The Mad and Terrible Arkansan

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From Astronomy Picture Of The Day; October 18, 2013:
Venus, Zodiacal Light, and the Galactic Center Juergen Schmoll (Durham University, CfAI)
The bulging center of our Milky Way Galaxy rests on a pillar of light in this luminous skyscape. Recorded on September 22nd in dark South African skies, rivers of dust seem to flow downward from the galactic center towards Antares, yellowish alpha star of the constellation Scorpius, near the top of the scene. The brightest celestial beacon present is not a star at all though, but planet Venus, still dominant in the western sky after sunset. Of course, the pillar of light stretching upward from the horizon is Zodiacal light. Sunlight scattered by dust along the plane of the ecliptic creates the zodiacal glow, prominent in the evening after twilight during the southern hemisphere spring.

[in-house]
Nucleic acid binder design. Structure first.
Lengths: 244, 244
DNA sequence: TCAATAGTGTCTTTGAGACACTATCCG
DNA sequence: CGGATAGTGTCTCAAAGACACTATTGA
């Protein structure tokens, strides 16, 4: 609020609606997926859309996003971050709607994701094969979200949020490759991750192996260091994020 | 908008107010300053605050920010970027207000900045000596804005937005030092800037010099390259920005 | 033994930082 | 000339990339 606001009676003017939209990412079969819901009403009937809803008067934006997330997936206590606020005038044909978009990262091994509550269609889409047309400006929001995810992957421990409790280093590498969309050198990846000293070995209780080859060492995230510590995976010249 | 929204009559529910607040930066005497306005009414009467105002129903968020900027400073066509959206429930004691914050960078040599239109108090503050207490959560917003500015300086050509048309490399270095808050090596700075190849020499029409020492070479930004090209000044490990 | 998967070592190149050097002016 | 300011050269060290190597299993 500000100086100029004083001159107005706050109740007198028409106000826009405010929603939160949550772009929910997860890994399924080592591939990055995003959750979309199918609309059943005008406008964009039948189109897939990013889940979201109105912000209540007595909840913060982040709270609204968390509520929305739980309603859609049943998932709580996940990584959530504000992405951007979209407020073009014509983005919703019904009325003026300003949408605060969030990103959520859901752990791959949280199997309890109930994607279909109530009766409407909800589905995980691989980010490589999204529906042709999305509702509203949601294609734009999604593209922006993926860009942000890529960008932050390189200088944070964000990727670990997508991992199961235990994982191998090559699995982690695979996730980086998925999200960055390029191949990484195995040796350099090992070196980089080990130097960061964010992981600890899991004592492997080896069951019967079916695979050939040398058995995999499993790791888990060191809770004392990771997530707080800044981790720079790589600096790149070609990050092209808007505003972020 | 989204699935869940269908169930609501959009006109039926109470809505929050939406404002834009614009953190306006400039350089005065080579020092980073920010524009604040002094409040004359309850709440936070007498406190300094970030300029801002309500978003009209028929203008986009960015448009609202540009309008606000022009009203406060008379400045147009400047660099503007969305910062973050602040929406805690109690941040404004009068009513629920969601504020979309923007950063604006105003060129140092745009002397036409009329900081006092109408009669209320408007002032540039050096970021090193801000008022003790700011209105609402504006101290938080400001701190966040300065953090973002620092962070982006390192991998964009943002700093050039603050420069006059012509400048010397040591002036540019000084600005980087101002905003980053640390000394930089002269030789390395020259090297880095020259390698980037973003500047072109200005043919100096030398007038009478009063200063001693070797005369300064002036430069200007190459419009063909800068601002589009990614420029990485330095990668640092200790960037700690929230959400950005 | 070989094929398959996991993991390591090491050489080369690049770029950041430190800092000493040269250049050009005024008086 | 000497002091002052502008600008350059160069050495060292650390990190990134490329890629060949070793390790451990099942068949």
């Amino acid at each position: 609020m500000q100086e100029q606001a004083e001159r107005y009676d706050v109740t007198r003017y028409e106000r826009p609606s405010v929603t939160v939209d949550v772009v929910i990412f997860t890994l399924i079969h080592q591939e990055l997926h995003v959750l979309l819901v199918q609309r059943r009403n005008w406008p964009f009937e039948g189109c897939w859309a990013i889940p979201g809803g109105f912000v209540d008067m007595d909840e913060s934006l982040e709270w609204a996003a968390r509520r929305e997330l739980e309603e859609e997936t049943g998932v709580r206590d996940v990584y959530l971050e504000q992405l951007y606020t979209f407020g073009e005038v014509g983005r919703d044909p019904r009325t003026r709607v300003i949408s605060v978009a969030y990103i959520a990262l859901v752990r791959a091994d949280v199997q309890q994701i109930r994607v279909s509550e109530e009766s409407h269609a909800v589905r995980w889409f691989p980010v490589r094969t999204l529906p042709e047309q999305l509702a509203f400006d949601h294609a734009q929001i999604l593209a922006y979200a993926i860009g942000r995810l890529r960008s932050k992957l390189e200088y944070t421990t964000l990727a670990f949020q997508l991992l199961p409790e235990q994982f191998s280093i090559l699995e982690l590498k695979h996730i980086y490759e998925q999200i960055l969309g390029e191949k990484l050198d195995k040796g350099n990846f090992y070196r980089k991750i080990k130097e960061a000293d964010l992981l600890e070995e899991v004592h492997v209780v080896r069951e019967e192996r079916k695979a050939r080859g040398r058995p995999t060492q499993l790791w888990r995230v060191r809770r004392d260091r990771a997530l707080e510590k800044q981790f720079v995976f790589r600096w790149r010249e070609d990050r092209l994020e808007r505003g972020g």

From Astronomy Picture Of The Day; October 18, 2013:

Venus, Zodiacal Light, and the Galactic Center 
Juergen Schmoll (Durham University, CfAI)

The bulging center of our Milky Way Galaxy rests on a pillar of light in this luminous skyscape. Recorded on September 22nd in dark South African skies, rivers of dust seem to flow downward from the galactic center towards Antares, yellowish alpha star of the constellation Scorpius, near the top of the scene. The brightest celestial beacon present is not a star at all though, but planet Venus, still dominant in the western sky after sunset. Of course, the pillar of light stretching upward from the horizon is Zodiacal light. Sunlight scattered by dust along the plane of the ecliptic creates the zodiacal glow, prominent in the evening after twilight during the southern hemisphere spring.